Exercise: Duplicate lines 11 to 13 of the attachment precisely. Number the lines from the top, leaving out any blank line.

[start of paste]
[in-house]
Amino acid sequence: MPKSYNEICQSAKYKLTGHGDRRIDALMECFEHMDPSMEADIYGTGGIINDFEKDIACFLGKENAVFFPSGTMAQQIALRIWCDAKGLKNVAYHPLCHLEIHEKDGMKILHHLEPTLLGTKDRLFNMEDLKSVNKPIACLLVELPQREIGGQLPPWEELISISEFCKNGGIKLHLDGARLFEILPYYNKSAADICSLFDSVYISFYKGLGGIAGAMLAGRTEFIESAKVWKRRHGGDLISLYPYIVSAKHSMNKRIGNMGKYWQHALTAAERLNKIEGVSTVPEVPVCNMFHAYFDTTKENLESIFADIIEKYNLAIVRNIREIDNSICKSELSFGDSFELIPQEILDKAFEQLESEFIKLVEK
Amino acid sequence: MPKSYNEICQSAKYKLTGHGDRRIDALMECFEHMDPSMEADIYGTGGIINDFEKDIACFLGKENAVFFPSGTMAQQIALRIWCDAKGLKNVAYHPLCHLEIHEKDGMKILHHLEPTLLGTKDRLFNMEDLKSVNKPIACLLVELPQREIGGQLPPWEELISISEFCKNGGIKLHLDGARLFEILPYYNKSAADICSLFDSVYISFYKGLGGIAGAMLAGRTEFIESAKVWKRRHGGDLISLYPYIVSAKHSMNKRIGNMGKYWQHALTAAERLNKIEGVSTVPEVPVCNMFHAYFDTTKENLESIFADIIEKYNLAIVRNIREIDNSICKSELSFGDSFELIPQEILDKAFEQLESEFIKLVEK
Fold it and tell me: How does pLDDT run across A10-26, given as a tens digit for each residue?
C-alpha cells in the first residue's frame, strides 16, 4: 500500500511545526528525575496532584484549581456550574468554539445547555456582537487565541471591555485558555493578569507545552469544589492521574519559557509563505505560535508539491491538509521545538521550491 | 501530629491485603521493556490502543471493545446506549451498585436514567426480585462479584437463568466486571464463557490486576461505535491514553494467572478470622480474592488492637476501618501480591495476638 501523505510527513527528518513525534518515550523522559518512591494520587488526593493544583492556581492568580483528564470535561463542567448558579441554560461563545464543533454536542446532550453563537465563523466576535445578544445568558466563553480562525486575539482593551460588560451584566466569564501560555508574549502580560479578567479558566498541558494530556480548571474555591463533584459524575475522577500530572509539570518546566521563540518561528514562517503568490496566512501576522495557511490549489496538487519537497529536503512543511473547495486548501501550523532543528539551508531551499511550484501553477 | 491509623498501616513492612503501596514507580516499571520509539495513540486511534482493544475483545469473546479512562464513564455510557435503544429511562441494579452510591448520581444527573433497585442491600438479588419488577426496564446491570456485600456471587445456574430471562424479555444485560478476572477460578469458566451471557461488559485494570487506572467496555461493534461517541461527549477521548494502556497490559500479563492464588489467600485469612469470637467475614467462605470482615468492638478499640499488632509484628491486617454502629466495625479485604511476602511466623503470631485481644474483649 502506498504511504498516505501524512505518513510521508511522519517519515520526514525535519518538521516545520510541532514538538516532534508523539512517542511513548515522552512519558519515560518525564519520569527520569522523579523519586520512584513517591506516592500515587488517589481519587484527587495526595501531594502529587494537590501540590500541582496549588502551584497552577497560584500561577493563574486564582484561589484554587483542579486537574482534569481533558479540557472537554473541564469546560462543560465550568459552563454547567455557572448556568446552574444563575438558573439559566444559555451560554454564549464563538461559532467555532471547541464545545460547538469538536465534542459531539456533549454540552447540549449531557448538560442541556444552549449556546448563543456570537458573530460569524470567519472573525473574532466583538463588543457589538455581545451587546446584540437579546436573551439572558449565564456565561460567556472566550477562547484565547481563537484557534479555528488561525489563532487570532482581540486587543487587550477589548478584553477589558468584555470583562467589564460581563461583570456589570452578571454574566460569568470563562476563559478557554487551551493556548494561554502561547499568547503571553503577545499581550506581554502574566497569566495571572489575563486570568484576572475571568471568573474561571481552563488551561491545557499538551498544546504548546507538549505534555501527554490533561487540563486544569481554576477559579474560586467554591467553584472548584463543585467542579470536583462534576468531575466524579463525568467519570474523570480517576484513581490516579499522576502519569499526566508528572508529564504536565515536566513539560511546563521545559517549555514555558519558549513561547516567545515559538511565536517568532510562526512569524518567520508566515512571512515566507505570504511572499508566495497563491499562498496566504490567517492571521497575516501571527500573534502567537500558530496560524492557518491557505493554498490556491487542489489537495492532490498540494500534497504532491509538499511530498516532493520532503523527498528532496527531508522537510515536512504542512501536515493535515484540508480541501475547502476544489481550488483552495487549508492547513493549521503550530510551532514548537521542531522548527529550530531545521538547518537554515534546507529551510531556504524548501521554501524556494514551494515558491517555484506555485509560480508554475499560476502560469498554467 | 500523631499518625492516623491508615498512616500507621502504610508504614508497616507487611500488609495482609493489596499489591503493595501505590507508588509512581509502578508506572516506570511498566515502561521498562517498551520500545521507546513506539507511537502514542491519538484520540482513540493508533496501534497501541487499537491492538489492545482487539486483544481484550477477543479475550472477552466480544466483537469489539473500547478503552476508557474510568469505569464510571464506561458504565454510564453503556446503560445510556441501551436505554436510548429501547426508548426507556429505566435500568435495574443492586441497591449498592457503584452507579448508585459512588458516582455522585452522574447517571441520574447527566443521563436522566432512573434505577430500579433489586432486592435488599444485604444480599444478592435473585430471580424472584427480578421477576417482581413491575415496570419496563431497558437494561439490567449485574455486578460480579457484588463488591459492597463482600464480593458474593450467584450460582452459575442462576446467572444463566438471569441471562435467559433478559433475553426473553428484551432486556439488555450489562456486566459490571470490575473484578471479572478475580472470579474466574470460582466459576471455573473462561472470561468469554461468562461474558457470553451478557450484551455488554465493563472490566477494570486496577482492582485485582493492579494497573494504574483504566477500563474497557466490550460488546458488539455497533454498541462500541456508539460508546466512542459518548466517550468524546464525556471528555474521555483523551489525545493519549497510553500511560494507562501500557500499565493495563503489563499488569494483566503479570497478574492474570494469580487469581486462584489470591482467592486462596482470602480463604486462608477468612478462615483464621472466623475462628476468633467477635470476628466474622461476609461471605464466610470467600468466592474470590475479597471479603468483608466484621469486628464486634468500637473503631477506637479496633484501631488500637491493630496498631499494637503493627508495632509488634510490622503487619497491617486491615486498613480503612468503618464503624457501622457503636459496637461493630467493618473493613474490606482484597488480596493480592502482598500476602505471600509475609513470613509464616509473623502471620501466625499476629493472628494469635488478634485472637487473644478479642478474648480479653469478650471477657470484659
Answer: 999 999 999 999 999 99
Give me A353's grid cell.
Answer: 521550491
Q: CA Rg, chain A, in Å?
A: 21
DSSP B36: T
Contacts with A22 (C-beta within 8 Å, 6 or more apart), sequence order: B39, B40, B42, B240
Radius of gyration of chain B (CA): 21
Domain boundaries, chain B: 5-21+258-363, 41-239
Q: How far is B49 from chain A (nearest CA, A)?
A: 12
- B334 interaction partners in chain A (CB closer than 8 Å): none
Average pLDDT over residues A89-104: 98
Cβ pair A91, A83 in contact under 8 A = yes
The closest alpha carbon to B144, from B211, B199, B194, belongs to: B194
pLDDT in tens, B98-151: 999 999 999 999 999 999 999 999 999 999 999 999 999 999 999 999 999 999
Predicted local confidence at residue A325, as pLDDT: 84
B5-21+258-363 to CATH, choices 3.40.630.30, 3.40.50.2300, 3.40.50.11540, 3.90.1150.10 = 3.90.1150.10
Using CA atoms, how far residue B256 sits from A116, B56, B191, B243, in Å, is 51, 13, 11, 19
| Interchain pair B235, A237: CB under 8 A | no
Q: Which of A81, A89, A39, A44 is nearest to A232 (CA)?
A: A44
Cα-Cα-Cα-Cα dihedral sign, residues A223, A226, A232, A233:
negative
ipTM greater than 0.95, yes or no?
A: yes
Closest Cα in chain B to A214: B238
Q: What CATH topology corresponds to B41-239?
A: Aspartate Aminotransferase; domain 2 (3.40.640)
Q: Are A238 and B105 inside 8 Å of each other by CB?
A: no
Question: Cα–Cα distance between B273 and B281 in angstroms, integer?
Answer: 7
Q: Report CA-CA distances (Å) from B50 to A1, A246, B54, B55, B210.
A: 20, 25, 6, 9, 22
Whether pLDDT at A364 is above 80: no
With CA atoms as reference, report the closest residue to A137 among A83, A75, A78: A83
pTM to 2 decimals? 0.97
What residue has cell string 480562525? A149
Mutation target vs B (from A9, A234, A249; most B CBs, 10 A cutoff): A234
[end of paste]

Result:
DSSP B36: T
Contacts with A22 (C-beta within 8 Å, 6 or more apart), sequence order: B39, B40, B42, B240
Radius of gyration of chain B (CA): 21